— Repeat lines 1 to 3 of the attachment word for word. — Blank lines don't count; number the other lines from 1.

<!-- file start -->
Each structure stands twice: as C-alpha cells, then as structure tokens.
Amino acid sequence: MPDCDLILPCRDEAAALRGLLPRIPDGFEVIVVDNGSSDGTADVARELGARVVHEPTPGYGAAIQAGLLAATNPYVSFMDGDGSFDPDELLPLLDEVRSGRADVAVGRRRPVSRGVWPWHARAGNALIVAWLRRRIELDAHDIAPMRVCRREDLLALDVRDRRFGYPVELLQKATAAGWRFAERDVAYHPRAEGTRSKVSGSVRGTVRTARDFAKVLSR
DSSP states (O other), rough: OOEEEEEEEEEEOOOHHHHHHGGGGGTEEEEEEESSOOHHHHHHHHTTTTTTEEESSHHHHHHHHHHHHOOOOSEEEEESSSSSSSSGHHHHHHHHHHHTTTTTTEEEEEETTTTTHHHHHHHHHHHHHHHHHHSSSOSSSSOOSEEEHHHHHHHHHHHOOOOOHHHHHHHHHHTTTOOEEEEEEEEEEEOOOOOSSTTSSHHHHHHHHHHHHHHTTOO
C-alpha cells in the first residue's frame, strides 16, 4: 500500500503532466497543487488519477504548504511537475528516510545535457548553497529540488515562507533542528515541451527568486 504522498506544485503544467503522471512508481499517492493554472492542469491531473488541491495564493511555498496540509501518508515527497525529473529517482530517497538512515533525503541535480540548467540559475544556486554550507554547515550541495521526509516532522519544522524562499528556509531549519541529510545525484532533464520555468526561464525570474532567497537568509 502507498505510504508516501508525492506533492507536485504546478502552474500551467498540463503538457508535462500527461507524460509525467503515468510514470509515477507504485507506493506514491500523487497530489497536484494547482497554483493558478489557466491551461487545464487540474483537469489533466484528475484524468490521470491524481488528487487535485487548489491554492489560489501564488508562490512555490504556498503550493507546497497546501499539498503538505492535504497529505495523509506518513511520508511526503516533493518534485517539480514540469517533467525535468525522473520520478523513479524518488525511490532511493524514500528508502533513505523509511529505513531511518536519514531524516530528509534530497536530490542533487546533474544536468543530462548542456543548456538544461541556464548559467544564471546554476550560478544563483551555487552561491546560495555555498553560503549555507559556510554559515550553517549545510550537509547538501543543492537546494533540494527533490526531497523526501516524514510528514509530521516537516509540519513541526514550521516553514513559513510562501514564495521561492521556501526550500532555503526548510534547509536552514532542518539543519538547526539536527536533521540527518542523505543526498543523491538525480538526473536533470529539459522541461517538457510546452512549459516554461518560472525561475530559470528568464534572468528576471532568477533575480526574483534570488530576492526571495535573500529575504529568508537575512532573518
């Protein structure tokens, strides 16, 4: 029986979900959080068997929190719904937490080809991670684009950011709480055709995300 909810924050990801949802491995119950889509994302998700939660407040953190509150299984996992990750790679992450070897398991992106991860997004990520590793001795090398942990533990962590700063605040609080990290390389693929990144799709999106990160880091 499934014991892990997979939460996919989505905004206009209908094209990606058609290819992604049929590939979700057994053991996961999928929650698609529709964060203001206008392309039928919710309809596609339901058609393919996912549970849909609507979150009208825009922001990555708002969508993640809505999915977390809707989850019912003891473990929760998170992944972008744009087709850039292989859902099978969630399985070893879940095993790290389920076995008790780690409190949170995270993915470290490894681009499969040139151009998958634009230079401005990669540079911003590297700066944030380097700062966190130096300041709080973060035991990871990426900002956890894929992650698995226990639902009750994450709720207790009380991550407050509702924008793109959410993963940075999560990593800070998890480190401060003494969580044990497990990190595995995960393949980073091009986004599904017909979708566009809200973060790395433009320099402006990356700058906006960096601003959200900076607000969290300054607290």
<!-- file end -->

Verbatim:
Each structure stands twice: as C-alpha cells, then as structure tokens.
Amino acid sequence: MPDCDLILPCRDEAAALRGLLPRIPDGFEVIVVDNGSSDGTADVARELGARVVHEPTPGYGAAIQAGLLAATNPYVSFMDGDGSFDPDELLPLLDEVRSGRADVAVGRRRPVSRGVWPWHARAGNALIVAWLRRRIELDAHDIAPMRVCRREDLLALDVRDRRFGYPVELLQKATAAGWRFAERDVAYHPRAEGTRSKVSGSVRGTVRTARDFAKVLSR
DSSP states (O other), rough: OOEEEEEEEEEEOOOHHHHHHGGGGGTEEEEEEESSOOHHHHHHHHTTTTTTEEESSHHHHHHHHHHHHOOOOSEEEEESSSSSSSSGHHHHHHHHHHHTTTTTTEEEEEETTTTTHHHHHHHHHHHHHHHHHHSSSOSSSSOOSEEEHHHHHHHHHHHOOOOOHHHHHHHHHHTTTOOEEEEEEEEEEEOOOOOSSTTSSHHHHHHHHHHHHHHTTOO